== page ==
The 0.2.0 release of the Gradle JavaFX Plugin is just around the corner. I want to spend some time building all the samples on all of the platforms and making sure smoke doesn’t come out. Expect it in a day or two.
The major feature for this release is better handling of packaged icons across the platforms. There is a file convention manner and a build script configuration method that will allow you to take a set of PNG images and let the build tool create the needed specialty file for each platform.
A quick word of warning before I dive into the details. You have to choose either the convention or the configuration, not both. If you do any configuration of your icons then none of the file conventions will be applied.
Icons By Convention
The easiest method is just to place specifically named icons in a specific place. The directory you should place the icons in is
src/deploy/package. The icons also all need to be PNG images. The real magic is in how you name your icons. If they have the right pattern for their name then icon will be used and the sizes and other metadata are calculated by the plugin.
When naming icons for the conventional method the first part of the name describes the role of the icon. Right now the values are
setup. An icon of type
shortcut will be the icon in the launcher, executable, taskbar, menu, or dock. An icon of type
volume will be used for the MacOSX DMG folder icon. And an icon of type
setup will appear in the corner of a Windows EXE setup wizard.
The second part of the name is any random set of characters. You would do this to distinguish the various sizes of the icons. However multiple icons are only recommend for the
volume icon sets, since the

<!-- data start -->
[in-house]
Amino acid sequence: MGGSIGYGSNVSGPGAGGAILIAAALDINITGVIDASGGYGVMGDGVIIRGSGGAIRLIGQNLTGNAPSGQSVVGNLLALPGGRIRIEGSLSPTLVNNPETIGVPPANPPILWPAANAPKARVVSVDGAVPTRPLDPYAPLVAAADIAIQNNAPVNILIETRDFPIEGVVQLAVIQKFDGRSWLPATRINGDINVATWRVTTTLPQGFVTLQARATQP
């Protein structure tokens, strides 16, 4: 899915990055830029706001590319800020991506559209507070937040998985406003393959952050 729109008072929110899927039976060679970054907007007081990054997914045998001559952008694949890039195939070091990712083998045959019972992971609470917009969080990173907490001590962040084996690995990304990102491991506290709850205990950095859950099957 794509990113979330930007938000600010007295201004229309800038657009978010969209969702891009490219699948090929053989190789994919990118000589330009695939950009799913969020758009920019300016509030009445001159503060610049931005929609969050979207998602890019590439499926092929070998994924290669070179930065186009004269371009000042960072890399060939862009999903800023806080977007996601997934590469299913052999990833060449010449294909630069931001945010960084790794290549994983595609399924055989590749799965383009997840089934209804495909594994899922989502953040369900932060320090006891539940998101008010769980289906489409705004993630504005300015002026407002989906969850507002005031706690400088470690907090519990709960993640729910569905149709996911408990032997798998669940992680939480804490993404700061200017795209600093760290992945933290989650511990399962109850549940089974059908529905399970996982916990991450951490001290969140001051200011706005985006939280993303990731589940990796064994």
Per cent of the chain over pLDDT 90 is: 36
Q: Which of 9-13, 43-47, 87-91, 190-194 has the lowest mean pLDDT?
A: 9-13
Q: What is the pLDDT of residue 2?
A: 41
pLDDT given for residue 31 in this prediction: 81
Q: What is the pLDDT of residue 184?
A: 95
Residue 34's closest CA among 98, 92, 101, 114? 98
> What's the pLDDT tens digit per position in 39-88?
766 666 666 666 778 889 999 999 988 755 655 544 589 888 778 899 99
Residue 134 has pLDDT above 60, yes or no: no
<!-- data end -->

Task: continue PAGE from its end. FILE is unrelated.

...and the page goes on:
setup icon is converted into a BMP by the plugin. For MacOSX you also need to pay attention to the icon sizes, since only certain sizes are used by the MacOSX ICNS file. Those size are 16, 32, 128, 256, and 512 square. Note that 64x64 is not in that list!
The final part of the name is only relevant to MacOSX installers. If the file has ‘@2x’ in it’s name anywhere, it is presumed to be a HDPI icon for that size. This means that the pixel dimensions are twice as large for that icon then the size it is considered to be. Right now the string can occur anywhere, but future versions of the plugin may require it to be at the end of the name.
For example, a 16x16 icon named
shortcut.png would be used as the shortcut icon. If there was another 512x512 icon named
shortcut-awesome.png that icon would be used as well. And if a 1024x1024 icon was also in the correct directory and it was named
shortcutReallyAwesome@2x.png then it would be a shortcut icon, at HDPI scale 2, used for the 512x512 icon. For a functional example of this see the brickbreaker sample in the source code.
Icons by Configuration
If you want to have the build script configure the icons you can do that as well. This will allow the re-use of icons across different usage kinds. There are two methods of configuration both of which are supported when using the configuration option.
The shorthand method involved adding an
icons configuration setting inside the
javafx configuration setting. Inside this configuration you set a value for each kind of icon you are using to either a string or list of strings. These strings will be resolved as files against the
src/deploy/package directory. For example, from the FullyExpressed sample (which is a junk project that turns every knob and flips every switch just to do it) the icons are configured like this:
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Like the conventional way the sizes of the icons are sniffed out and the HDPI icons all contain ‘@2x’ at the end of their name. The icons also all must be PNG icons. Finally, remember that any text between the kind and the possible end of the name is not used by the plugin, unless it is the
@2x at the end to tell the icon it is a HDPI icon.
If you need total control over the JNLP descriptor you can specify each one in an
icon setting. You repeat the setting for each icon. You can then set each attribute individually. For example, form the same FullyExpressed sample the splash and selected icons are configured manually.
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The defaults provided buy the JavaFX packaging library were not changed. So if you see a grey embossed java coffee cup then the default for that icon has not been changed.
If you want to use the current code, you can add
apply from: 'https://repository-javafx-gradle-plugin.forge.cloudbees.com/snapshot/javafx.plugin to the top of your gradle file. Or you can wait a few days until I push the bits to BinTray.